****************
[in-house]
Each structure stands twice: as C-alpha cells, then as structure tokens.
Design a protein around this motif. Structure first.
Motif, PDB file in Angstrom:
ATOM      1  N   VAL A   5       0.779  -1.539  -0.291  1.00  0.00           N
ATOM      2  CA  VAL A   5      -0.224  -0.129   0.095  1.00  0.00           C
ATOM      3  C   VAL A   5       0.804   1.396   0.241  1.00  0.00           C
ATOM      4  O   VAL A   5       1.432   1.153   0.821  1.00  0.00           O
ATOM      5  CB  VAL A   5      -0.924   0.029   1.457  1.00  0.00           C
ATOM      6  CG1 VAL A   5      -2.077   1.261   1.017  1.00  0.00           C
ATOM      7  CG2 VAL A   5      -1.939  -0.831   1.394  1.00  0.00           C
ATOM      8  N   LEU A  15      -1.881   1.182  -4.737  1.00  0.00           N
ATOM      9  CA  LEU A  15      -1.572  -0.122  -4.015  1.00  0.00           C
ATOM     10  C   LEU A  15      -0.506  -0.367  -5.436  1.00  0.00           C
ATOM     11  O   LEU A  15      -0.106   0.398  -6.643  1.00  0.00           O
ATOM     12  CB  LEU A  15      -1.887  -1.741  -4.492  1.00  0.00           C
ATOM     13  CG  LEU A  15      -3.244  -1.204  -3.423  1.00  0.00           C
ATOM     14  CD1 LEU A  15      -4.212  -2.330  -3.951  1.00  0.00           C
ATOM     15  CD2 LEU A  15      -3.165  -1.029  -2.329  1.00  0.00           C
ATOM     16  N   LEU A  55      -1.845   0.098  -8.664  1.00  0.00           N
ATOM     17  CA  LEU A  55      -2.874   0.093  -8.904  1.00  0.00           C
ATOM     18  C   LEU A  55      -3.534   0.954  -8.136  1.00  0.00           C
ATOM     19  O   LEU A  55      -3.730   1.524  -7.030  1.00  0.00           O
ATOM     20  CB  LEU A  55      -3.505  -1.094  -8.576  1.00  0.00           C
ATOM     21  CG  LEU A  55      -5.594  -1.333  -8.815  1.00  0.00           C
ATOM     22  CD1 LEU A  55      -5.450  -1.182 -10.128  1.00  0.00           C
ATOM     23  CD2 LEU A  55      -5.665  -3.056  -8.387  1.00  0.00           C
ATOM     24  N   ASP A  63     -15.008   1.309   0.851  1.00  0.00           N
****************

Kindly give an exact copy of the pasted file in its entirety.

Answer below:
[in-house]
Each structure stands twice: as C-alpha cells, then as structure tokens.
Design a protein around this motif. Structure first.
Motif, PDB file in Angstrom:
ATOM      1  N   VAL A   5       0.779  -1.539  -0.291  1.00  0.00           N
ATOM      2  CA  VAL A   5      -0.224  -0.129   0.095  1.00  0.00           C
ATOM      3  C   VAL A   5       0.804   1.396   0.241  1.00  0.00           C
ATOM      4  O   VAL A   5       1.432   1.153   0.821  1.00  0.00           O
ATOM      5  CB  VAL A   5      -0.924   0.029   1.457  1.00  0.00           C
ATOM      6  CG1 VAL A   5      -2.077   1.261   1.017  1.00  0.00           C
ATOM      7  CG2 VAL A   5      -1.939  -0.831   1.394  1.00  0.00           C
ATOM      8  N   LEU A  15      -1.881   1.182  -4.737  1.00  0.00           N
ATOM      9  CA  LEU A  15      -1.572  -0.122  -4.015  1.00  0.00           C
ATOM     10  C   LEU A  15      -0.506  -0.367  -5.436  1.00  0.00           C
ATOM     11  O   LEU A  15      -0.106   0.398  -6.643  1.00  0.00           O
ATOM     12  CB  LEU A  15      -1.887  -1.741  -4.492  1.00  0.00           C
ATOM     13  CG  LEU A  15      -3.244  -1.204  -3.423  1.00  0.00           C
ATOM     14  CD1 LEU A  15      -4.212  -2.330  -3.951  1.00  0.00           C
ATOM     15  CD2 LEU A  15      -3.165  -1.029  -2.329  1.00  0.00           C
ATOM     16  N   LEU A  55      -1.845   0.098  -8.664  1.00  0.00           N
ATOM     17  CA  LEU A  55      -2.874   0.093  -8.904  1.00  0.00           C
ATOM     18  C   LEU A  55      -3.534   0.954  -8.136  1.00  0.00           C
ATOM     19  O   LEU A  55      -3.730   1.524  -7.030  1.00  0.00           O
ATOM     20  CB  LEU A  55      -3.505  -1.094  -8.576  1.00  0.00           C
ATOM     21  CG  LEU A  55      -5.594  -1.333  -8.815  1.00  0.00           C
ATOM     22  CD1 LEU A  55      -5.450  -1.182 -10.128  1.00  0.00           C
ATOM     23  CD2 LEU A  55      -5.665  -3.056  -8.387  1.00  0.00           C
ATOM     24  N   ASP A  63     -15.008   1.309   0.851  1.00  0.00           N